Still, I've found it hard to ignore the World Cup so far as I've had a week off work and spent almost all of it in a pub in Ealing, a place where every pub has a dozen TVs and a thousand cheering and jeering football fans per telly, most of whom never watch the game for the other 3 years and 11 months between World Cups.

    For one glorious day, however, last Saturday I was able to spend an entire day without so much as a smigeon of football - for I spent the day in Hyde Park with 84999 other people, watching the Foo Fighters, Queens of the Stone Age, Motorhead, Juliette and the Licks and *cough*Angels and Airwaves*cough*

    And what a day. I don't know if you've ever seen 85000 people in the same field, queueing for the same bar, using the same urinal etc, but it's a lot of people. And (although I ordinarily tend to avoid crowds of 85000 people the same way I avoid rabid, rampaging bulls with machine guns) everyone was there for the same purpose, the weather was fantastic and the atmosphere was brilliant. Foo Fighters performed a wonderful set, although it seemed very short - that may have been because I was having such a good time. And it was great to see Queen's Roger Taylor and Brian May come on to play for the encore. Queens of the Stone Age were a little disappointing - there appeared to be something wrong with the sound for their set. Still good to see them though.

    Juliette and the Licks were a pleasant surprise - I'd put Juliette Lewis down as another singer-wannabe actress using her movie success to progress her career, but to be honest, these guys have played every crappy dive in the US and Europe (and probably further afield too) and you have to admire them for that. But moreso, they were really good, and Juliette was obviously having the time of her life up there. Motorhead were, well to be fair they were Motorhead through and through. My mate and I were just jumping up and down screaming "It's only fucking LEMMY!" and being massively amused at the fact that although they played 10 songs that sounded identical to Ace of Spades, the crowd ignored almost every other track.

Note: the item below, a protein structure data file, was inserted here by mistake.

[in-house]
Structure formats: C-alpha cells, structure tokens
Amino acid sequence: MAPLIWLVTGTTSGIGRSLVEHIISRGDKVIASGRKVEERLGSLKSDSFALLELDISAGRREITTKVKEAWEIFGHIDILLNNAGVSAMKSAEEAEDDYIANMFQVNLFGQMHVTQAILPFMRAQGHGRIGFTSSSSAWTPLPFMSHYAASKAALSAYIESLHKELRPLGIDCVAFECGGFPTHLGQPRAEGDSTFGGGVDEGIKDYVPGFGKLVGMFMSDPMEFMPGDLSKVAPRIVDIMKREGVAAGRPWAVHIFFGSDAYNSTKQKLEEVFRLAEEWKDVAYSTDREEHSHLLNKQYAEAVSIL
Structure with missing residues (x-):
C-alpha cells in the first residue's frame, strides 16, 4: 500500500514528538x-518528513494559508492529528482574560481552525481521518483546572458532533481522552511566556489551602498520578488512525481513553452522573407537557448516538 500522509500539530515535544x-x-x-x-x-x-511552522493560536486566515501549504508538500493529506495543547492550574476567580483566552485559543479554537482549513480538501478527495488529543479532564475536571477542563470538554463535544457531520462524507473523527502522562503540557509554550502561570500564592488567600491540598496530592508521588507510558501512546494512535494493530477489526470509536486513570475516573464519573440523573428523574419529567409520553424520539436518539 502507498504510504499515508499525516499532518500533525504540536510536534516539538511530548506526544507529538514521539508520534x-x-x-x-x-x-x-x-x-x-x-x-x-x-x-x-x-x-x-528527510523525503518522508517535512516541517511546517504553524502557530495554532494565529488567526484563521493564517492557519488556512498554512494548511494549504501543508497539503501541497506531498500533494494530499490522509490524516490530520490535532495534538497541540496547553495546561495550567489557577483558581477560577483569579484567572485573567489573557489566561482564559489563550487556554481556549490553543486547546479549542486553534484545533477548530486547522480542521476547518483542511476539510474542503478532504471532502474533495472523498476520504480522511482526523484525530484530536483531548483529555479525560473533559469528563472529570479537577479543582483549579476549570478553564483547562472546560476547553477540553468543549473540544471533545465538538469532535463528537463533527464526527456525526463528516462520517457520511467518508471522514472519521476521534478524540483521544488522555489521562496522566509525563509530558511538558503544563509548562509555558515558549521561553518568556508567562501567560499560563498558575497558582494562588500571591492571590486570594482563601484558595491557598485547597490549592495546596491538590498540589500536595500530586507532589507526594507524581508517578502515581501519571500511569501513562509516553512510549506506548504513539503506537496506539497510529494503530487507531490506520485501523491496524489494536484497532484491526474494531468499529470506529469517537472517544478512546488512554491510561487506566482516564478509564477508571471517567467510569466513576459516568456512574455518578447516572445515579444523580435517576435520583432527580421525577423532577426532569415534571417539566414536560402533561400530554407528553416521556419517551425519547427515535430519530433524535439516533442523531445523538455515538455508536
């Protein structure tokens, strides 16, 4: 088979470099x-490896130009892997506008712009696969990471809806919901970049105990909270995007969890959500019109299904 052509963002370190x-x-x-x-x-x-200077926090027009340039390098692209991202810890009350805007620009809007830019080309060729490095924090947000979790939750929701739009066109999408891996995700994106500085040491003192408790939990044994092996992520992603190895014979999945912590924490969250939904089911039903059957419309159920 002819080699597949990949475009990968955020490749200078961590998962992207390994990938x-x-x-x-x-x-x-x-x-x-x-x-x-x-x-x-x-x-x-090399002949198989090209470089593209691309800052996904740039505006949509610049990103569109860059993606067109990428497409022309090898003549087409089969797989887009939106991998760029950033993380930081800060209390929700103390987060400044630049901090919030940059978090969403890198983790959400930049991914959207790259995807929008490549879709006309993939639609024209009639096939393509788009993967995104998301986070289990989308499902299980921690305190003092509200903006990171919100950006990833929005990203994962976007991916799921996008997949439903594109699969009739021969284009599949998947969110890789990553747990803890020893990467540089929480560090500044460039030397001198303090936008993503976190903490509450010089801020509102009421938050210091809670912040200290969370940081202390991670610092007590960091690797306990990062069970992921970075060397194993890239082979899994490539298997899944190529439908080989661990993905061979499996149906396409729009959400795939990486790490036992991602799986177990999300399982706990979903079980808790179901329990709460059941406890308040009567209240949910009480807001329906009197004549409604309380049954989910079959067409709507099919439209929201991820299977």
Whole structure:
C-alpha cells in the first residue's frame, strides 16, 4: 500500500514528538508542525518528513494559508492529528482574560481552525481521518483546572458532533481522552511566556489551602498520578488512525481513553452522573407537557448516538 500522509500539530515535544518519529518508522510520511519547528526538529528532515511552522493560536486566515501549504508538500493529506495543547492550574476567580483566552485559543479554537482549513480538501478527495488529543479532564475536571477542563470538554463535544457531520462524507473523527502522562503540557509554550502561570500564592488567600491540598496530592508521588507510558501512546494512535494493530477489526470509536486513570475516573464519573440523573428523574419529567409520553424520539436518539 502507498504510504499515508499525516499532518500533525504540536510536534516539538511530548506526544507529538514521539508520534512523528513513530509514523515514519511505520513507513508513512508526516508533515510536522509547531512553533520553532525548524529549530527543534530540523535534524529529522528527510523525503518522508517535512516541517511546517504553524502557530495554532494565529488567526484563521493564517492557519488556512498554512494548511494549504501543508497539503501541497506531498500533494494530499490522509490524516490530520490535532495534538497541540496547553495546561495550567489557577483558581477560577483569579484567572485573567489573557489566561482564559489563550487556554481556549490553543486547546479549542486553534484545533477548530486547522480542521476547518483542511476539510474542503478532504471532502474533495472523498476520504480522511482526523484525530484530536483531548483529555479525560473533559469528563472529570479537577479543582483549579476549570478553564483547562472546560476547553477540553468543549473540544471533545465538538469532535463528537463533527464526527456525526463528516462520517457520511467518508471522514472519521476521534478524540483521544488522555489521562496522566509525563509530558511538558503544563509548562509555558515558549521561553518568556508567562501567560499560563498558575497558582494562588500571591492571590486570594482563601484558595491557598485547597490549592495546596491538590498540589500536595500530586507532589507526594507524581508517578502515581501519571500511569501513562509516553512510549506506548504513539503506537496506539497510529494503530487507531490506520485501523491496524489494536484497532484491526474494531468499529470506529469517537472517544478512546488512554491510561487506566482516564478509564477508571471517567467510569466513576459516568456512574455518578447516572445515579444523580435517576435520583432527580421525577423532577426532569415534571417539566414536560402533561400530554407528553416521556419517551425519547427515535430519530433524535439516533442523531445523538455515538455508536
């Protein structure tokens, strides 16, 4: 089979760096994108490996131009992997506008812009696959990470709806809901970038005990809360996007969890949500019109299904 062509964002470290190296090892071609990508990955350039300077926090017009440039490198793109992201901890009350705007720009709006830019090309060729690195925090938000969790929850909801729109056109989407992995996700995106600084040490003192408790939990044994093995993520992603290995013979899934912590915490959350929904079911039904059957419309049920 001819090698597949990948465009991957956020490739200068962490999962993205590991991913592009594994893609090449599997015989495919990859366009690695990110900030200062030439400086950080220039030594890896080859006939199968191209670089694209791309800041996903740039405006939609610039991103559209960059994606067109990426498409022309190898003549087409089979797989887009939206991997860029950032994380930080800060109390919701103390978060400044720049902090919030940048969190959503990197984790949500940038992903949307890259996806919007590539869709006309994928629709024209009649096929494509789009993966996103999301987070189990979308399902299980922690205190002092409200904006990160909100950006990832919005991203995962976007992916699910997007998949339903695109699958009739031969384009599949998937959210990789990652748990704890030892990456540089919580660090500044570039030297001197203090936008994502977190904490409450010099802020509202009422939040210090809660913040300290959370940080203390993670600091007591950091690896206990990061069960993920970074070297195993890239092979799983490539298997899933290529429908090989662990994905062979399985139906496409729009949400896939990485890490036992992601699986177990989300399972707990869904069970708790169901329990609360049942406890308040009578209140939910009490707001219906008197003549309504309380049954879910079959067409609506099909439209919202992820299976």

Angels and Airwaves... well... I'm not sure what they were doing on the bill at all. I'm a bit of a Blink 182 fan to be honest, so I was secretly pleased that Tom Delongue was going to be there - but I'm sorry, he's obviously not the songwriter in Blink 182. It was boring, self-indulgent and I didn't enjoy it at all - even less so Tom's US-style pep-talk that we could all do what we wanted in life and the sky is the limit. Yes, thanks Tom, I'm well aware of that. Now get on with it. A huge cheer went up when they announced the last song would be their last, and amusingly Tom looked rather pleased with himself, evidently failing to spot the irony in the cheer.

    Angels and Airwaves aside though, it was a great afternoon/evening and well worth the effort. And hats-off to the organisers too - despite there being 85000 people there, the inevitable queues and crushes were handled with military efficiency. Of course, with 85000 people each paying 35 quid to be there they could afford to throw money at the problem.

    And a week later - I've just about recovered.
  • Bring back MC John Barnes

    16 Jun 2006, 8:58

    Whenever an artist or band waltzes onto the music scene proclaiming themselves to be the best musicians the world has ever seen, better than anyone who has come before (raise your hands Oasis and Razorlight) they immediately earn my disdain and forfeit any CD sales they might otherwise have got from me. Gallagher and Borrell have strutted around proclaiming themselves to be the mutt's nuts with an arrogance that'd make Kim Jong Il blush when the real heroes out there quietly perform heart bypasses and haul people out of burning buildings without a fuss or a Grammy to their name. Have some perspective guys, you just play guitars. And once upon a time, following in Oasis' wake, a guy called Danny McNamara announced that his band, Embrace were, once again, the best band the world had ever seen.